After its investigation of the shooting death of Winkler and the wounding of his friend Liam Mulligan at 939 Palm Ave., the L.A. County District Attorney’s office decided it could not prosecute Valdivia and other officers at the scene.

“California law permits the use of deadly force in self-defense or in the defense of others if it reasonably appears to the person claiming the right of self-defense or the defense of others that he actually and reasonably believed that he or others were in imminent danger of great bodily injury or death,” said the District Attorney’s report. That report was delivered to the Sheriff’s Department but not to Capt. Gary Honings, the then-head of the WeHo Station. WEHOville provided it to Honings after obtaining it with a request filed under the state’s freedom of information laws.

While the district attorney decided not to prosecute the deputies, the Los Angeles County Board of Supervisors apparently decided there was sufficient evidence to settle a civil lawsuit by Winkler’s mother for $5 million and a lawsuit by Mulligan for $2.5 million.

The Sheriff’s Department asked the California Highway Patrol to investigate the 2015 accident on Santa Monica Boulevard and determine whether the local sheriff’s deputies were at fault. WEHOville has made requests over many months for results of the investigation, to no avail. In September last year, Patricia Minero, the mother of Jonathan Peña, filed a lawsuit against Los Angeles County and against Viridiana Perez, who was driving a car alleged to have collided with the patrol car. Minero is seeking unspecified damages on allegations of wrongful death and negligence.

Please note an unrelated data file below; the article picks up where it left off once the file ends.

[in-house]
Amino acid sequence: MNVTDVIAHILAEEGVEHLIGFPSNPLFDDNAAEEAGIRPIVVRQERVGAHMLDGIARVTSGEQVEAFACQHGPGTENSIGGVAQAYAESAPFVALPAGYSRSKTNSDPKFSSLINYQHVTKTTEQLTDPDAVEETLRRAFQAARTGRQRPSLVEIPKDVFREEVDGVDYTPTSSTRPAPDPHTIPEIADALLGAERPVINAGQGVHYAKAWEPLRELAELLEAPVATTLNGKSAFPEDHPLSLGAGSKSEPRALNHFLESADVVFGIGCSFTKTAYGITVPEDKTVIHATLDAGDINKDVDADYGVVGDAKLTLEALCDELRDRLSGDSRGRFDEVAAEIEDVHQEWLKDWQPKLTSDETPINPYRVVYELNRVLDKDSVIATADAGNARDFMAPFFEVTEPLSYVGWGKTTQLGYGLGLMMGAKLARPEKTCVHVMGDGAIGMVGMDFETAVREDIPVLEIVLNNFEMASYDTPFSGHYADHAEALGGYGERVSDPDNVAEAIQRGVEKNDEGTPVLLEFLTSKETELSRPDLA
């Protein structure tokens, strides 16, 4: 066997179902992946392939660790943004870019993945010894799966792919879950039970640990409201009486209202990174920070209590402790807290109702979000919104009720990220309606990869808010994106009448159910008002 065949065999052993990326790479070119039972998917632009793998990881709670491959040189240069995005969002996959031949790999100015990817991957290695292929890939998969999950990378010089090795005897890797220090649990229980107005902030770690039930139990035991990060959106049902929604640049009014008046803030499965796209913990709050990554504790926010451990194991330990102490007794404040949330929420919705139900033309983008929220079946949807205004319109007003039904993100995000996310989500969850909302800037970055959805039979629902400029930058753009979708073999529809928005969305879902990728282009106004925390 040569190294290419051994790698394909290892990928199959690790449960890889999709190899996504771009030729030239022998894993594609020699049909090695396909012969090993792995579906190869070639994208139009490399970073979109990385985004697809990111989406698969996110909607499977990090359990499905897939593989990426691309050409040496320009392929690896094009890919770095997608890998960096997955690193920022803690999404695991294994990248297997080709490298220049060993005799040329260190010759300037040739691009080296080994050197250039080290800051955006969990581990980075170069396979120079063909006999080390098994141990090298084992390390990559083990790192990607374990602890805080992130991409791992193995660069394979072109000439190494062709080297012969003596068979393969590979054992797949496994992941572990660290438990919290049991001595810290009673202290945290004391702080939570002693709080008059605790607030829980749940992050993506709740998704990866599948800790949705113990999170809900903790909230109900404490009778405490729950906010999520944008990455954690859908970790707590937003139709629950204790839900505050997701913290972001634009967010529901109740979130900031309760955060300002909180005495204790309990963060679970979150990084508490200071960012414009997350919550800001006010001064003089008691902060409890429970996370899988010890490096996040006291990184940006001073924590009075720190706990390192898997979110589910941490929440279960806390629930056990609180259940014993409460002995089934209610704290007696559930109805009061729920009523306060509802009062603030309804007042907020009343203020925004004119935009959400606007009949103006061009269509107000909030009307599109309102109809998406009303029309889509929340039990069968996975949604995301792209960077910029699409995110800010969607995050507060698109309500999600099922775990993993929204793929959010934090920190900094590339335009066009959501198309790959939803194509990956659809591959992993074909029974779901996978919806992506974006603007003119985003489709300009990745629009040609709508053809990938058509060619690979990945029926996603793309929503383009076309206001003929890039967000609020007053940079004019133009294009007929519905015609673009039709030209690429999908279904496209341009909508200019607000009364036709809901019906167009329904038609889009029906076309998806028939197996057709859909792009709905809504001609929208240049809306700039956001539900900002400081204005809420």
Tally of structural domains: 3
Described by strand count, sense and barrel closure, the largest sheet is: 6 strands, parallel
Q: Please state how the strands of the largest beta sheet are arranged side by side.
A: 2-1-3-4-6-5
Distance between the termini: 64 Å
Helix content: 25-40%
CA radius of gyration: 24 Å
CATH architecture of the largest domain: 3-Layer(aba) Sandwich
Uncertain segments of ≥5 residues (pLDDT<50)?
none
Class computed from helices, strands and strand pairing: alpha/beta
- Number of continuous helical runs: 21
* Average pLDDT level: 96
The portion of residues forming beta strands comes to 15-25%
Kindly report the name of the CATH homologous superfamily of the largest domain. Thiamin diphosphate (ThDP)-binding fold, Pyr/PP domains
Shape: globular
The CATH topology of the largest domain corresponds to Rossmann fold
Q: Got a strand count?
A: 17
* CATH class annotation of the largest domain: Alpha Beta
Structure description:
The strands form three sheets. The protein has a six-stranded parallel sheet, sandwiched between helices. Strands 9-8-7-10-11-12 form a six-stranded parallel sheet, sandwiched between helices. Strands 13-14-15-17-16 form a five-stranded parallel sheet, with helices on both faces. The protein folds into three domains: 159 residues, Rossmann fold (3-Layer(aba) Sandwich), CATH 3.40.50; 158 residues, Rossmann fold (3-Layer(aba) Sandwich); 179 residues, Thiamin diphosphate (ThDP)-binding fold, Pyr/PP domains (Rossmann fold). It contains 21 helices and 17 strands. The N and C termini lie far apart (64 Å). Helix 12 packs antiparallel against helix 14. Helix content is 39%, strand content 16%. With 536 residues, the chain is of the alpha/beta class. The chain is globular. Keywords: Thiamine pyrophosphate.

CORRECTION:  An earlier version of this story said that Councilmember Horvath shared City Manager Paul Arevalo’s letter to Sheriff Jim McDonnell with the board of the California Contract Cities Association. Horvath shared with the board a copy of her letter to the judges who issued a temporary block of McDonnell’s proposal. The story has been updated to reflect that.

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2 Comments

  1. JWFri, Mar 10, 2017 at 4:13 pm

    What on earth does they’re being gay have to do with this?

  2. Woody McBreairtyMon, Mar 06, 2017 at 4:34 pm

    Once again Councilmember Horvath is showing leadership that none of the gay males on the council had the presence of mind to man up & do. Transparency in law enforcement is the only way to alleviate public suspicion of wrong doing & cover up. Thank you Councilmember Horvath for taking the lead on this